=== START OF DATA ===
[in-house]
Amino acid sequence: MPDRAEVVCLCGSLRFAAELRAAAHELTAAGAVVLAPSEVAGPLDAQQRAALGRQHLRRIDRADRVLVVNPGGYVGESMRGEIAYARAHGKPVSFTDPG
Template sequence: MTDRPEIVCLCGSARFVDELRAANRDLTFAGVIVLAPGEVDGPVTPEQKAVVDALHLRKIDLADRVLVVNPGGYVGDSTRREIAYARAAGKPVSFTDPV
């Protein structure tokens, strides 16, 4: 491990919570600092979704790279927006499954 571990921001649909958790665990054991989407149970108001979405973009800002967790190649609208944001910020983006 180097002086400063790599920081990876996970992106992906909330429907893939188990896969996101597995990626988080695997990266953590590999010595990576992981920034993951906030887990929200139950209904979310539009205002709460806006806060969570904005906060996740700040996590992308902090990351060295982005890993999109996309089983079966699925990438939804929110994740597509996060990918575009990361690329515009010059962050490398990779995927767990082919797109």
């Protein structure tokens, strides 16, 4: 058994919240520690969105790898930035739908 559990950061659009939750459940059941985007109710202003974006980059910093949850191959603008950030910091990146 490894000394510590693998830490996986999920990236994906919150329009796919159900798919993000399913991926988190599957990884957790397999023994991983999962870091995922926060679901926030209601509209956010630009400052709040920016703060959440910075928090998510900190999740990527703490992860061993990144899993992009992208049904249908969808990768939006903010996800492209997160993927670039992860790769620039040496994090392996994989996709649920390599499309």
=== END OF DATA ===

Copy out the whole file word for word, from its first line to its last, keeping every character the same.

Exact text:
[in-house]
Amino acid sequence: MPDRAEVVCLCGSLRFAAELRAAAHELTAAGAVVLAPSEVAGPLDAQQRAALGRQHLRRIDRADRVLVVNPGGYVGESMRGEIAYARAHGKPVSFTDPG
Template sequence: MTDRPEIVCLCGSARFVDELRAANRDLTFAGVIVLAPGEVDGPVTPEQKAVVDALHLRKIDLADRVLVVNPGGYVGDSTRREIAYARAAGKPVSFTDPV
């Protein structure tokens, strides 16, 4: 491990919570600092979704790279927006499954 571990921001649909958790665990054991989407149970108001979405973009800002967790190649609208944001910020983006 180097002086400063790599920081990876996970992106992906909330429907893939188990896969996101597995990626988080695997990266953590590999010595990576992981920034993951906030887990929200139950209904979310539009205002709460806006806060969570904005906060996740700040996590992308902090990351060295982005890993999109996309089983079966699925990438939804929110994740597509996060990918575009990361690329515009010059962050490398990779995927767990082919797109």
């Protein structure tokens, strides 16, 4: 058994919240520690969105790898930035739908 559990950061659009939750459940059941985007109710202003974006980059910093949850191959603008950030910091990146 490894000394510590693998830490996986999920990236994906919150329009796919159900798919993000399913991926988190599957990884957790397999023994991983999962870091995922926060679901926030209601509209956010630009400052709040920016703060959440910075928090998510900190999740990527703490992860061993990144899993992009992208049904249908969808990768939006903010996800492209997160993927670039992860790769620039040496994090392996994989996709649920390599499309």